static_cast<const char *>("4 / 2 * 5 + 3 - 4"),
                                static_cast<const char *>("5 + 3 * 4 / 2 - 3"),
                                static_cast<const char *>("5 - 3 + 4 / 2"),
                                static_cast<const char *>("5 * 3 / 2 - 2"),
                                static_cast<const char *>("5 * 2 / 4 + 9 - 2")
                            };

    char solutions[20] =
                        {
                            5 / 5 + 3 - 6 * 2,
                            3 * 7 - 1 + 5 / 3,
                            3 * 5 - 4,
                            3 + 5 - 4,
                            2 / 6 * 3 / 2,
                            3 + 6 * 9 / 3 - 7,
                            9 - 5 / 5 * 2 + 6,
                            7 + 3 * 4 / 2 - 5 * 6,
                            4 * 5 + 3 - 4 / 2,
                            4 / 2 * 5 + 3 - 4,
                            5 + 3 * 4 / 2 - 3,
                            5 - 3 + 4 / 2,
                            5 * 3 / 2 - 2,
                            5 * 2 / 4 + 9 - 2
                        };

    for (int i = 0; i < 20; ++i)
    {
        if (expressions[i])
        {
            solve_expression_and_match_result(expressions[i], solutions[i]);
        }
    }

    return 0;
}
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  • 1
    \$\begingroup\$ What about simply using std::stack instead of rolling your own? \$\endgroup\$ – πάντα ῥεῖ May 5 '17 at 18:47
  • \$\begingroup\$ just for learning how stack works. \$\endgroup\$ – abs May 5 '17 at 18:50
  • 3
    \$\begingroup\$ Best of learning is to get familiar with what's already there. \$\endgroup\$ – πάντα ῥεῖ May 5 '17 at 18:53
  • 1
    \$\begingroup\$ There are lots of bad C++ books... be careful. This is a book well worth buying stroustrup.com/programming.html, written by the man himself. \$\endgroup\$ – Aluan Haddad May 5 '17 at 21:59
  • 2
    \$\begingroup\$ @AluanHaddad Rather stick to that one and the follow ups Ricard Bach, "Illusions". \$\endgroup\$ – πάντα ῥεῖ May 5 '17 at 23:09
5
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1. Don't use using namespace std;

While that would work in your particular case, it's considered bad practice. Especially when you move out your code to separate header files.

See more details here please:

Why is “using namespace std;” considered bad practice?

2. Don't reinvent the wheel

You shouldn't write your own stack class, in preference of just using what the C++ standard library already provides.

There's already std::stack, that should work well for your needs.

3. Don't use raw arrays in C++

Your raw array

char array[SIZE];

should be a

std::array<char,SIZE> arr;

instead. std::array would cover all your needs, and gives you a more safe implementation.

Also the naming array might clash with the using namespace std; as mentioned.

4. Don't use throw with types not inherited from std::exception

 throw "Stack is empty. Pop failed";

This is a bad practice example of using a throw statement. While it can be caught in various ways like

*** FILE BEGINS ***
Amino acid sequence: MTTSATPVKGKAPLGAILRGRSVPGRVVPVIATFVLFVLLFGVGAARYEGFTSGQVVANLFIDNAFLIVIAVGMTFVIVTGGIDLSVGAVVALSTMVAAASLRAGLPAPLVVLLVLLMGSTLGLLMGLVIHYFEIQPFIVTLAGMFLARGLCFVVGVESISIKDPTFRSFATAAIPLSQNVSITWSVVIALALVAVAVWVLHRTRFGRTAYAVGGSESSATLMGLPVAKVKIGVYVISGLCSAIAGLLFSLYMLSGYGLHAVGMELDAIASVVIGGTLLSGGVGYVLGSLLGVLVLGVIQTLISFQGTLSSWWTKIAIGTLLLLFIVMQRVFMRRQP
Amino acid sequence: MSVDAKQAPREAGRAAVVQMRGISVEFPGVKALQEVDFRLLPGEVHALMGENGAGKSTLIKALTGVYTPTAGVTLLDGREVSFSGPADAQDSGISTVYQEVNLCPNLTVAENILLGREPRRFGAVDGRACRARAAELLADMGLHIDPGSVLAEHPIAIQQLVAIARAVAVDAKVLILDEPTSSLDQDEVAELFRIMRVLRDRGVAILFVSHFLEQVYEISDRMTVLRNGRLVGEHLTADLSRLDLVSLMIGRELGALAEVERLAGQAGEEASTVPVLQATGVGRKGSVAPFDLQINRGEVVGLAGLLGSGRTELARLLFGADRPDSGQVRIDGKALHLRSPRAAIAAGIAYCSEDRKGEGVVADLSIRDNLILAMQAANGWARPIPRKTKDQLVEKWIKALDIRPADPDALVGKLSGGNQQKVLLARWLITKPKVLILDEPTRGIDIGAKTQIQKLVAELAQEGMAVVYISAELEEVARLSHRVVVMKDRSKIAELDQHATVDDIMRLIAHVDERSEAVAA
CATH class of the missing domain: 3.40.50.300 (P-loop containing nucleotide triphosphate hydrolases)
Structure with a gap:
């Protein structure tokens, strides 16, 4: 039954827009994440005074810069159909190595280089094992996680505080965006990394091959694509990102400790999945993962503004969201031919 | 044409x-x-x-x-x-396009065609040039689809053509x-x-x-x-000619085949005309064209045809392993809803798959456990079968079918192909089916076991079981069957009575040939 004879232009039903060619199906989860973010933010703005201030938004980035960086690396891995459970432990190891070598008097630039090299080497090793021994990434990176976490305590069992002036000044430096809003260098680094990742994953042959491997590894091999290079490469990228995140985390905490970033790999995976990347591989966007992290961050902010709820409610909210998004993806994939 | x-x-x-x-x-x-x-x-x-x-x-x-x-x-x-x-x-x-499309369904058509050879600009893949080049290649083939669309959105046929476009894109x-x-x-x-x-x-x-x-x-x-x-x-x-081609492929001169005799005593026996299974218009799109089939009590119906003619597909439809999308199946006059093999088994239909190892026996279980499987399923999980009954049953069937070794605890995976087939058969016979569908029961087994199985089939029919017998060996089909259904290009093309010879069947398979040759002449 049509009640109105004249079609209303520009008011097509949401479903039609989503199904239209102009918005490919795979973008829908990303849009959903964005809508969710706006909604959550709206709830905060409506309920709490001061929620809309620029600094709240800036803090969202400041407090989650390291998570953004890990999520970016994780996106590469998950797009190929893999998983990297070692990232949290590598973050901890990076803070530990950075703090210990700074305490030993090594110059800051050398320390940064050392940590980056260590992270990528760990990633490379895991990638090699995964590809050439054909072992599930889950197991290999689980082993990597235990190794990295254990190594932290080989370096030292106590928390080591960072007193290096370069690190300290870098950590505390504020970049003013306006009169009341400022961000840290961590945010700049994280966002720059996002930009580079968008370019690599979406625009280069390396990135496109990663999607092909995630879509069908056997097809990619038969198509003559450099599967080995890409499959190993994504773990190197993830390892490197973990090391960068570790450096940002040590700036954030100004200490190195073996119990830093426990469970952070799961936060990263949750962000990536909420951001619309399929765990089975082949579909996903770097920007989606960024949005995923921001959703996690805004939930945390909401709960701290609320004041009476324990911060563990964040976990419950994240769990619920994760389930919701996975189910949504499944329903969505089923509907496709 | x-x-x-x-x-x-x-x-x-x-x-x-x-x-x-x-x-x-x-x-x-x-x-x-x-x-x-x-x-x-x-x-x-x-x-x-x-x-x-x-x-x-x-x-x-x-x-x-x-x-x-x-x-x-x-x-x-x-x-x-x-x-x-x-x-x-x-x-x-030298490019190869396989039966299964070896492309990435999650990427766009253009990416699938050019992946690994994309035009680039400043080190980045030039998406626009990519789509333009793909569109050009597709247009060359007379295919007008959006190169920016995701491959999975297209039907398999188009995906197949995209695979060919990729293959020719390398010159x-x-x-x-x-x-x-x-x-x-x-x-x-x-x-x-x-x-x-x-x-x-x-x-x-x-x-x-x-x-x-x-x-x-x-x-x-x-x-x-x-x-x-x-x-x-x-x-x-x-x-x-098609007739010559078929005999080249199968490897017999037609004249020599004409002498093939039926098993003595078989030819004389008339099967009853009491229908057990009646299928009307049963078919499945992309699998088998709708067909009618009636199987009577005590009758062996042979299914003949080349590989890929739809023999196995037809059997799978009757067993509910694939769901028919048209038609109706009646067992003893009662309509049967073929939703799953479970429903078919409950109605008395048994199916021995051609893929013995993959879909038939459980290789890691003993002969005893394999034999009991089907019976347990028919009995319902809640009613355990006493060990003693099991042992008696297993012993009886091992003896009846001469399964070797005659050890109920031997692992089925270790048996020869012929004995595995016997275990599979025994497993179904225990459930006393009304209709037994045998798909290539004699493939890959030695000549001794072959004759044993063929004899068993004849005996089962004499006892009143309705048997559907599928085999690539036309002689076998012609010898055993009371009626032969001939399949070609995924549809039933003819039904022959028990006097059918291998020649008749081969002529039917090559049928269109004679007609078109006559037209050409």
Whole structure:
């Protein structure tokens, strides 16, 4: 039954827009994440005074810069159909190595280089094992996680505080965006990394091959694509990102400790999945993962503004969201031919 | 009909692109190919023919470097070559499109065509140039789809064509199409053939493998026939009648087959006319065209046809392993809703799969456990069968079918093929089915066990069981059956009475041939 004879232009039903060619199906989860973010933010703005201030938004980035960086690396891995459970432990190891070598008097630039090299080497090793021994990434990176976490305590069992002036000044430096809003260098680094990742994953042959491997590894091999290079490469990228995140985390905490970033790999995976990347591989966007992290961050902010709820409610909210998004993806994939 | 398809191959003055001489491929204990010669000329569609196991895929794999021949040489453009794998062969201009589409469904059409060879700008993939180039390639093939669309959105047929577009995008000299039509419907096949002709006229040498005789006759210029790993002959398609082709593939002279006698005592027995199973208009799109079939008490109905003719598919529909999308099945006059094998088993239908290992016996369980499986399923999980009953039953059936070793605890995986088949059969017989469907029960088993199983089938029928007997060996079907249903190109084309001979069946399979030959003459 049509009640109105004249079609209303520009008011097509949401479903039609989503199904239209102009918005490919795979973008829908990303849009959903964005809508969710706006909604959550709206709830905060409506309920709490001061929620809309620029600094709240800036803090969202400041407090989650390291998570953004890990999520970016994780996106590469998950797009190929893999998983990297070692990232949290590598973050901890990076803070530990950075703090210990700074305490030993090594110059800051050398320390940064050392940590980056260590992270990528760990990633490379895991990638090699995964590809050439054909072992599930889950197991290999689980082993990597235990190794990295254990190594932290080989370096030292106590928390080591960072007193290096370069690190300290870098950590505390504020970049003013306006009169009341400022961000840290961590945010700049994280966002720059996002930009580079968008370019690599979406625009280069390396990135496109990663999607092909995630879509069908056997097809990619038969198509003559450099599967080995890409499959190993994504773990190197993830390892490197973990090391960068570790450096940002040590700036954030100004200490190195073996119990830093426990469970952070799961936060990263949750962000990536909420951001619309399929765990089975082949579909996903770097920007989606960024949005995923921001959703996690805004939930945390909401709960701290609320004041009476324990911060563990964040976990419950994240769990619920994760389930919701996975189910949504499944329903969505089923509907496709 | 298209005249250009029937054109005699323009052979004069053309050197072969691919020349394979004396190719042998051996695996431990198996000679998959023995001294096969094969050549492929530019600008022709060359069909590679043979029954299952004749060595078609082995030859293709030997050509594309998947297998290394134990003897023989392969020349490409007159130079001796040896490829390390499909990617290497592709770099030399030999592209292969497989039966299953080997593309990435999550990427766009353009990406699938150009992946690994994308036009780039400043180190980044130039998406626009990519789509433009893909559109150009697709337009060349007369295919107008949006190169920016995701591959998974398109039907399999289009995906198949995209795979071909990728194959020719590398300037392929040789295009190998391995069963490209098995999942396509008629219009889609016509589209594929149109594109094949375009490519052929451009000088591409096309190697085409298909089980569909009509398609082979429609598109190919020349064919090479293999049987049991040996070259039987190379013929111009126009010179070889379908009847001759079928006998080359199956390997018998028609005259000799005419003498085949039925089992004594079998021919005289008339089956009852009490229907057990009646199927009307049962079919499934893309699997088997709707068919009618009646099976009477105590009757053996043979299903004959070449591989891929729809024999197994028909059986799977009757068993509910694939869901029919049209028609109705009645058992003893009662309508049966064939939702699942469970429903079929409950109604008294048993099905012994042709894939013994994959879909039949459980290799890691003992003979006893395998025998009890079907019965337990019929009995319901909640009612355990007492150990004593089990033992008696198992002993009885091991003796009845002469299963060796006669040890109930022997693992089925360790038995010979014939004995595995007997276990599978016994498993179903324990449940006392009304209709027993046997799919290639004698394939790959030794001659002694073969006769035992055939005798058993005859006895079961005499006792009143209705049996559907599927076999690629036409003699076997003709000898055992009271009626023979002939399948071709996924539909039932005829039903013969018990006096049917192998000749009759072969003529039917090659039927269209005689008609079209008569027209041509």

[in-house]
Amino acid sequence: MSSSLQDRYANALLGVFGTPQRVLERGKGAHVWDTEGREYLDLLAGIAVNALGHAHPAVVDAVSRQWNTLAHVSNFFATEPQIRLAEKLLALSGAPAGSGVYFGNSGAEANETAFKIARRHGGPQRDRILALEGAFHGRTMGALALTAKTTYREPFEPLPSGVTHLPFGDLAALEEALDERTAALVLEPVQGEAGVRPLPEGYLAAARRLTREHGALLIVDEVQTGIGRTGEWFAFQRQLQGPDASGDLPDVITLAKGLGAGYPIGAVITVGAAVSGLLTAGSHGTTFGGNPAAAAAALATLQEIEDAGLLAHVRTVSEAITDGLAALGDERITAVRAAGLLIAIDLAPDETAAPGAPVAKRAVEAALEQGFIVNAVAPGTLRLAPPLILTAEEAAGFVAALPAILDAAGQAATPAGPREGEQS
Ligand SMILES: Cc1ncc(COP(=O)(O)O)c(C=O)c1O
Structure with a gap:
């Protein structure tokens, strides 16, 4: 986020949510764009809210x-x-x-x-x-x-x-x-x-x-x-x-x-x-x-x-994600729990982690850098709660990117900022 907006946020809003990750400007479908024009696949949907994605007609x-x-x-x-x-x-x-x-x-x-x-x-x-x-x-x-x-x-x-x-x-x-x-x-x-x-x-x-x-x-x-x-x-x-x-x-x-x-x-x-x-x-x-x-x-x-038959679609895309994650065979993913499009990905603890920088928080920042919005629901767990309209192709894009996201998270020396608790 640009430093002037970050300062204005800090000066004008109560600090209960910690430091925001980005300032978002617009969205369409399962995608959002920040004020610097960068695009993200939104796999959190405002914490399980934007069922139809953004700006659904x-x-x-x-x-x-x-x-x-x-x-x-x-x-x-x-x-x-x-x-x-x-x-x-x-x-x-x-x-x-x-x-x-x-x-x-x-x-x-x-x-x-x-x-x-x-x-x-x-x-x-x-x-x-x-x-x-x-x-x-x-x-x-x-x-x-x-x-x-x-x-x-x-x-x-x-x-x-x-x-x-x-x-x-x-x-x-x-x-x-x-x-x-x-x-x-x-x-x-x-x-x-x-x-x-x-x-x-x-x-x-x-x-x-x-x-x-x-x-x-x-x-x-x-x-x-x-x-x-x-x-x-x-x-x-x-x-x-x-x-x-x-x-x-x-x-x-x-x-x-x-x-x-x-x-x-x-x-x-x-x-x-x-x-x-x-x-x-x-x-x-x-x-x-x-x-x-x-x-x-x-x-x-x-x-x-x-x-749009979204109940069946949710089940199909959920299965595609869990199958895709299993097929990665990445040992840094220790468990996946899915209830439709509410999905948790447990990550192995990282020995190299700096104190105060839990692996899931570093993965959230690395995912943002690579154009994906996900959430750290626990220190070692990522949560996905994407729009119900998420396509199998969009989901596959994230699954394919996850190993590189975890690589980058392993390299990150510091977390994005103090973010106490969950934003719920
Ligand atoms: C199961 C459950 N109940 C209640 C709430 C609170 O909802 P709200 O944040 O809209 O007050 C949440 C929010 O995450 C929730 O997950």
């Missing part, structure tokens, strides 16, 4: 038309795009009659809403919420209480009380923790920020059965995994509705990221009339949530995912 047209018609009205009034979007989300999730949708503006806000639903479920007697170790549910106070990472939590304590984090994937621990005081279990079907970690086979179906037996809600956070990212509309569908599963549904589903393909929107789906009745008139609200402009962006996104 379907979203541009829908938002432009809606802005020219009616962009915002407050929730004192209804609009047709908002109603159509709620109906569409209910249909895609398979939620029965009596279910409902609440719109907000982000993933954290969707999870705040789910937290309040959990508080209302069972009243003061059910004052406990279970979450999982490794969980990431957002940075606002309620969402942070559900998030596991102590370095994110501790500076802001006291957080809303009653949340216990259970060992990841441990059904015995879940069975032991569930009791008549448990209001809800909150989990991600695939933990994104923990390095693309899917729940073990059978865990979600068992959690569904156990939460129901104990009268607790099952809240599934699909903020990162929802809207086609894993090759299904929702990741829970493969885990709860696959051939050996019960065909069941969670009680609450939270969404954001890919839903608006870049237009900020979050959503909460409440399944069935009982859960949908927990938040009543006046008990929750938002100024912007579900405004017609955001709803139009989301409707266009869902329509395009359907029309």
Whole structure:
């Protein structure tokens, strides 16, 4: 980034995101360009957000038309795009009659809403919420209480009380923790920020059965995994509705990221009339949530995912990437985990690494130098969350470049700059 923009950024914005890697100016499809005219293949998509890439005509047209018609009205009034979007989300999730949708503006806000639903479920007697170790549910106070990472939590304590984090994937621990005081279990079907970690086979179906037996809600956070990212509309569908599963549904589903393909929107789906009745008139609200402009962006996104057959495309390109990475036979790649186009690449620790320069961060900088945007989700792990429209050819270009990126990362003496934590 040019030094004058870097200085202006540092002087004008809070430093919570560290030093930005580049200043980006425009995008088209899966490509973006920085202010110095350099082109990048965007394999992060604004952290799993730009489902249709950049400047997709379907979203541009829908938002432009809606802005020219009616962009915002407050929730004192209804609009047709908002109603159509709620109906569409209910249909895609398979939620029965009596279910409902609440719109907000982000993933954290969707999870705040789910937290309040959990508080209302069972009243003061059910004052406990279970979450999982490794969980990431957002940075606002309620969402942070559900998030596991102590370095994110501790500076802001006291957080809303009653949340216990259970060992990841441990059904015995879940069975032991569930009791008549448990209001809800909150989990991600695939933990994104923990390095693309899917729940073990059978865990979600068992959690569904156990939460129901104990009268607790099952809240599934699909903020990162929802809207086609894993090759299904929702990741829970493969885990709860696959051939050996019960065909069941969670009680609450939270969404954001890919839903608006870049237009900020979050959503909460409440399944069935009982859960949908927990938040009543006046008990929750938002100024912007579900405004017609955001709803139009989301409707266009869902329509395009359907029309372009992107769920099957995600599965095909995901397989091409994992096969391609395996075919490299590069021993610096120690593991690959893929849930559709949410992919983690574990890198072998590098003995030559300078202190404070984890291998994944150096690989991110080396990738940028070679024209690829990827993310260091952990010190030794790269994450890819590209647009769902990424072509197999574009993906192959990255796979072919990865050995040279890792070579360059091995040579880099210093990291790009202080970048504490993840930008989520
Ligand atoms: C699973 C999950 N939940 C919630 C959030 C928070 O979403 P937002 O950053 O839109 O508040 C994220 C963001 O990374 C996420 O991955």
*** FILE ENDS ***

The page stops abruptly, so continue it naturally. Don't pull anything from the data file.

catch(const char* e) {
    // handle exception
    std::cerr << e << std::endl;
    exit(1);
}

it shouldn't be done like this. You will loose any distinction about certain categories of exceptions that could occur (again: Don't reinvent the wheel. Get familiar with the C++ standard library instead).

The C++ exception hierarchy is based on std::exception, and what you actually have is a runtime failure. So you should rather use the standard exception class that indicates that:

throw std::runtime_error("Stack Class Error: Stack is empty. Pop failed";

The above exception could be caught transparently and reported using the what() function:

catch(const std::exception& e) {
    // handle exception
    std::cerr << e.what() << std::endl;
    exit(1);
}

5. Use the correct cast operations

static_cast<const char *>("5 / 5 + 3 - 6 * 2"), // why static_cast here? what is const_cast

Your guts were right about that. At least that even doesn't need a const_cast since the character literal "5 / 5 + 3 - 6 * 2" already decays to a const char[] / const char* anyways.

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3
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  • char top

    Any decent compiler should issue a

    warning: array subscript is of type 'char' [-Wchar-subscripts]
    

    The reason is that signedness of char is implementation defined. If you happen to try your code on a platform where char is by default unsigned, the very first stack operation will access array[255].

  • The responsibilities of parse_expression_using_stack and solve_expression_using_stack are badly intermingled. The parser should either interpret the input completely, or do not do any arithmetics at all.

  • push into a full stack is silently ignored.

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  • \$\begingroup\$ Its a pity that I don't know/forgot the difference between char/unsigned char/signed char. Thanks a lot for pointing that out and other valuable suggestions. \$\endgroup\$ – abs May 8 '17 at 6:52